The Idaho Statesman’s RoleThe Idaho Statesman, which is owned by the McClatchy Company, consists of a network of 30 daily newspapers in 15 states. This connection provides Idaho’s largest daily with an opportunity to push local stories out to a larger national audience. The Statesman pushing Fischer’s narrow-minded agenda has probably given him more ink than any other Idaho print media. Since Oct. 1999, approximately 100 stories were published where reporters directly quote Fischer. Many additional published pieces don’t quote Fischer directly, but reference him or discuss his cause of the day. This astounding number of published articles does not include the 16 guest opinions written by Fischer that the Statesman published since 2003. Fischer used the guest opinion and a number of letters to the editor as a platform to launch attacks. At some point, editorial decisions were made to print another 80 letters and guest opinions in reaction to something Fischer said or did. Was this a sound editorial policy or simply a method to generate controversy in order to sell papers? The Idaho Statesman basically handed Fischer the keys to the newsroom. The newspaper parroted his propaganda and bolstered his profile. Fischer used the media to gain celebrity status where he was given a platform to offer his so-called “expert” opinions on such things as women’s issues, health, science, civil rights, Constitutional law and LGBT people. While some Statesman reporters’ tried to provide balanced coverage, they lacked the spine to ask Fischer some hard questions or to subject him to scrutiny. Remember all of those guest opinions and letters to the editor? The man who made the editorial decisions to print them was Kevin Richert, Idaho Statesman Opinion Editor. (left) Several of Richert’s own blog posts contain quotes pulled directly from Fischer’s website with no discernible news value, added commentary or critical analysis. For example, Richert made an editorial decision to post a lengthy quote he called, “a tirade,” and “tiresome old debate.” In another, Richert simply adds, “I’m stunned” and “I really have nothing to add.” Well if that’s the case, why then post them at all? When Richert learned that Fischer was leaving Idaho to do a radio show in Mississippi, he posts, Let’s start talking about â€˜pro-family’ politics.” START talking? Richert had 10 years to engage that conversation. “Fischer was the type of person with an opinion about anything and a penchant for getting ink and air time,” says Richert, forgetting that it was his very own newspaper that provided all that ink in the first place. “I think he lectured more than he debated,” says Richert. “I think the Idaho Values Alliance’s one-way dialogue was misguided.” In conclusion Richert says, “Fischer said the Idaho Values Alliance will soon move into ‘whisper mode,'” then asks, “How about, instead, a conversational mode?” For three years Fischer’s website has been CLOSED to reader comments, now only weeks before he closes up shop, Richert calls for two way dialogue. Where was Richert’s call for an open dialogue while Fischer was filling up space on the Statesman’s opinion page? Richert wasn’t the only patsy paving the way for Fischer at the Statesman. Staff reporter, Heath Druzin wrote a puff-piece that was nothing more than a pitch for cash. Druzin regurgitates Fischer’s “urgent plea for money,” and what could happen to the IVA if Fischer didn’t collect some quick coin. Druzin reports two weeks later that IVA received roughly $40,000 in donations. What Druzin does not say is Fischer misrepresented IVA’s revenue and his salary to Druzin who just printed what Fischer told him. In 2007, Fischer gave himself a big fat raise, amounting to just shy of 80 percent of IVA’s annual budget, despite revenue being down over $9,000 from 2006. We can only speculate how many tax-free dollars Fischer would have collected without Druzin’s pitch for donations or had Druzin done a little digging into IVA finances.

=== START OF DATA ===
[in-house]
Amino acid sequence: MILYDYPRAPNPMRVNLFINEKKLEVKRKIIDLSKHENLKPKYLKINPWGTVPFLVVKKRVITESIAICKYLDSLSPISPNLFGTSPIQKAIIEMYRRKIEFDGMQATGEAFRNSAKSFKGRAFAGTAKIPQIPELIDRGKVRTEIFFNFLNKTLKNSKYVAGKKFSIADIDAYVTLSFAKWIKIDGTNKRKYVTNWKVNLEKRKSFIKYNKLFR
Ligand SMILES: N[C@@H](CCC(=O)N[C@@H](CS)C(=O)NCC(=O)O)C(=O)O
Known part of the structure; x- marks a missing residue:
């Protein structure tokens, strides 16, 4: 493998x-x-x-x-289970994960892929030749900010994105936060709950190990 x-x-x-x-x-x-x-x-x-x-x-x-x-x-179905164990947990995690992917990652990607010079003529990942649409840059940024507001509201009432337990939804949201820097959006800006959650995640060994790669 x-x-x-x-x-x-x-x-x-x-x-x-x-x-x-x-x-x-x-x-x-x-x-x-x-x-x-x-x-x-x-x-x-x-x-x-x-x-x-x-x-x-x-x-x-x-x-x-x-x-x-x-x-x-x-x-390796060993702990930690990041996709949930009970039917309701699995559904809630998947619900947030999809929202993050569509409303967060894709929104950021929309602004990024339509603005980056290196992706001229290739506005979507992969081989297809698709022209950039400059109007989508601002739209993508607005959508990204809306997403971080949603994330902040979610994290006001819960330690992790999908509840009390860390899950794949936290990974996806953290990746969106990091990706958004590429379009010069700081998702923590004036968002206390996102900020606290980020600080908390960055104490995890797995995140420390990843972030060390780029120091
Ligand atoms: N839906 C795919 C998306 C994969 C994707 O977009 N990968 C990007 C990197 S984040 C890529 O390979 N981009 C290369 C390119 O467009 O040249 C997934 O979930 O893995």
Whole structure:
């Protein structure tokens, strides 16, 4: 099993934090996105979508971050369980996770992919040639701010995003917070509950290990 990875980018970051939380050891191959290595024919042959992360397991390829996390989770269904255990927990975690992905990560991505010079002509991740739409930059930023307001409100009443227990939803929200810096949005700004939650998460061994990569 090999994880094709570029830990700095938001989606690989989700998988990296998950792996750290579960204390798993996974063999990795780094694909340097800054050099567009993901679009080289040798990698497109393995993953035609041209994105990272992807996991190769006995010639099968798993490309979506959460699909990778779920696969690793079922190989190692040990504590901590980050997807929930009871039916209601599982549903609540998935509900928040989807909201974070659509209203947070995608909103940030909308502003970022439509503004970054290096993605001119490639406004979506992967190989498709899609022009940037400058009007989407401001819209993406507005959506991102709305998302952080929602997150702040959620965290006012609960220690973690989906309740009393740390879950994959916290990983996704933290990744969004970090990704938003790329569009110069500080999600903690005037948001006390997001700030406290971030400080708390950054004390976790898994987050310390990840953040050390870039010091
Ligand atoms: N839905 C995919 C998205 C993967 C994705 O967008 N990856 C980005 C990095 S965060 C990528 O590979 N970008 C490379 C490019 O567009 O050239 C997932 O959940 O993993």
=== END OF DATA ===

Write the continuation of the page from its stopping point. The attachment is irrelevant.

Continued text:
Idaho Television News Media’s RoleFischer also used local television media to get regular face time in front of cameras to advance his propaganda. In fact, reporters seemingly flocked to him for a sound bite. In June 2008, Bryan Fischer posts a story on Bradley Stowell, as an “Action Alert” that a repeat Idaho sex offender whose victims were boys. Although the vast majority of male on male offenders identify as heterosexual, this fact is lost on Fischer since he always frames them as homosexual without fear of being questioned by reporters. Fischer places the Stowell case, which did NOT include murder, side-by-side with the tragic 2005 rape and murder of 9-year-old Jessica Lunsford by a heterosexual offender, to champion for an Idaho version of Jessica’s Law. Fischer crafts the story to seize an irresistible opportunity to dehumanize and vilify gay people. Fischer includes some homophobic red meat falsely asserting that pedophilia in homosexuals is 16 times higher than in heterosexuals. He also falsely contends homosexuals commit up to 40 percent of all incidences of child abuse. After publishing his “story” and sending out to his mailing list and media contacts, then like moths to a summer’s night porch light, reporters swarm to Fischer and he is picked up by all local network affiliates for the evening and late night news casts. How did Idaho news media handle the homosexuals-are-pedophiles statements in Fischer’s story? They didn’t, not one of them! After the tapings, Fischer issues a media advisory, with a bolded in all caps headline that reads, “IVA INTERVIEWED BY ALL NETWORK AFFILIATES FOR STOWELL STORY.” After the segments aired, Fischer pushes out an “IVA in the News,” update to his mailing list publicizing his coverage, a typical method he uses to solicit tax-deductible donations. In September, just prior to the 2008 election, KTVB’s Ysabel Bilbao did a segment on the controversy surrounding vice presidential candidate, Sarah Palin’s unwed teen daughter’s pregnancy. Four conservatives were interviewed including Idaho Gov. Butch Otter and Fischer with just one “democrat” identified only as “Evan.” Conspicuously, Fischer was not identified as Executive Director of IVA. Instead he was referred to as â€˜Rev.’ [Reverend], despite Fischer having not served as a regularly practicing pastor since mid 2005. Practicing pastor or not is not what’s at issue here. If the story calls for a pastor then Fischer is a “reverend” if the story is about legislation, and then he is a “lobbyist.” Otherwise he defaults back to Executive Director of the IVA. This is a tactic Fischer has used to bolster his credibility and fit the story. Fischer morphs into what the story requires rather than letting the subject matter of the story dictate who the sources should be. If all Bilbao wanted was a religious figure for comment, why default to Fischer when there is no shortage of practicing ministers in Boise? The answer is simple, Bilbao like many reporters, knew what she would get, a quick and lively sound bite that would let her defend her piece as being balanced. In January 2009, I organized a rally as part of coordinated national effort. “Join the Impact” rallies were taking place across the country protesting California’s passage of Prop 8 repealing same-gender marriage. All local media outlets were notified multiple times via email, fax and by phone about the Boise event calling for the repeal of the Defense of Marriage Act, DOMA. The local CBS affiliate, KBCI was the only television station that assigned a reporter to the story. A couple other stations came to get some crowd shots but left before the rally started and the crowd fully assembled. KBCI’s Nicole Navarro put together a segment where she tried to explain the issue. However, as predictable as the sunrise, there was Bryan Fischer spreading his usual propaganda that same-gender marriage will lead to legalizing incest, polygamy, and permitting pedophiles to marry children. No matter how inaccurate or outrageous Fischer’s statements are, local media seems to think that by including him as the opposing view, somehow they have created a balanced piece. That is misguided. The Statesman was a no-show at the DOMA rally. I got a call the next day from a Statesman staff reporter who asked, “How did it go?” The reporter coughed up a few paragraphs for Monday’s edition, two days after the event, never having to so much as leave his desk. Where was the Idaho Statesman and television news when Bryan Fischer promoted Scott Lively’s book The Pink Swastika, that blames gays for the Holocaust and says the Nazi party was founded in a gay bar? Fischer not only promoted Lively’s propaganda book but also that Lively would be coming to Nampa to address the 2008 â€˜Shake The Nation’ religious extremist political conference. To my knowledge, and to their credit, the Idaho Press-Tribune was the only Idaho mainstream or traditional media that covered the â€˜Shake the Nation’ extremist gathering. Fischer plugged Lively’s vile manifesto at length saying things like, “Most of Hitler’s closest aides were homosexuals or sexual deviantsâ€¦Many of the guards and administrators responsible for concentration camp horrors were themselves homosexuals.” Although it might seem obvious, Lively’s book and Fischer’s only source material, has been widely debunked most recently by a Christian university professor with a PhD in Modern German history, Dr. Jon David Wyneken. In his article, “A historian’s analysis of â€˜The Pink Swastika,'” [PDF Part 1 & Part 2] Wyneken quotes several other prominent historians who have done more in-depth work specifically on Homosexuality in Nazi Germany. Wyneken sums it up when he states, “Lively’s book is simply not good history and is, in fact, not really history at all. Instead in my view,” says Wyneken, “it is a book that uses history as a weapon in a contemporary political battle, completely outside the historical context of Nazi Germany.” Dec. 2, 2009 The Rachel Maddow Show reported Fischer’s friend, Scott Lively is directly linked to a Ugandan homosexual death penalty bill. Likely to pass, they will not just kill people for being gay, a 3 year prison term will be imposed on those who know of someone who is gay but do not report them to authorities. The law also requires extraditing Ugandan nationals from anywhere in the world if they are suspected to be gay. These are the kinds of people Bryan Fischer promotes and aligns himself with and Idaho media has sat idly by — blind, deaf and mute, failing miserably to inform the public who Fischer really is and is not. Where was Idaho media when Fischer deliberately misrepresented the Idaho Human Rights Amendment, (IHRA), to the State Affairs Committee? IHRA, if passed would have added protections based on sexual orientation and gender identity in matters of employment, housing and public accommodation. The State Affairs Committee killed the amendment silencing public debate. Fischer’s letter, riddled with untruths and misrepresented facts was never scrutinized by media. It was Fischer’s propaganda that many believe influenced the committee’s decision. Shortly after, I published an in-depth investigative piece that debunked Fischer’s claims and then some. The piece went out to a number of Statesman reporters and editors, including Kevin Richert as well as television news media in hopes someone would look deeper at Fischer and start asking serious questions of him. Instead, Richert made the editorial decision to recycle Fischer’s lies, without so much as asking one question, by publishing Fischer’s 16th guest opinion. Perhaps as a reaction to scrutiny, an interesting thing happened. Fischer’s guest opinion contained some curious corrections; out of the blue a monetary figure was changed from a rounded up figure Fischer cited earlier to an exact figure I reported, a blatant debunked claim was eliminated, and new non-fact-checked â€˜examples’ were added. Kevin Richert and Bryan Fischer are examples of an archetypal model for how the Glen Becks and Sean Hannitys of the media world are created. Richert and Fischer symbolize a much larger problem, the demise of journalist ethics, truth and transparency, and thus the press no longer serving as a check and balance paramount in maintaining a strong democracy. These important principles are cast away in favor of selling more papers and achieving higher ratings. The public’s right to know is replaced with lazy and sloppy journalism which drives the public discourse down into the cesspool of extremism, where good people are dehumanized and vilified, where fear and hate are encouraged and no solutions to real problems are offered. It is the likes of Bryan Fischer, Sean Hannity, Glen Beck and others who are hoisted to stardom with manufactured images of credibility, never belonging there in the first place. If Fischer’s profile had not been so elevated by Idaho media, perhaps he would not now be the national poster boy for anti-Muslim racism, criminalizing gays and an embarrassment to Idahoans. As Richert sums up his Nov 19 post, “Fischer gone global” referring to Fischer’s recent dis-honorable mention on Countdown with Keith Olbermann’s Worst’s segment he says, “Silver lining: No mention of Fischer’s Idaho connection.” There is no such thing as a “silver lining” with the dark cloud that is Bryan Fischer when it was the complicit Idaho Statesman and television media, that helped create him by their own journalistic negligence. How many more Bryan Fischers, Glen Becks, and Sean Hannity’s must we endure before we hold the negligent reporters, editors and producers who create them accountable? They should be called out and shamed for passing off extremist propaganda as legitimate news. I would not be surprised if Fischer returns to Idaho to receive hometown accolades or donations from conservatives who will celebrate his elevated national status in the spotlight. If, or when, Fischer does return to Idaho, we can only hope the Idaho news media will have grown a spine and hold him accountable for the odious things he has said and the damage he has caused.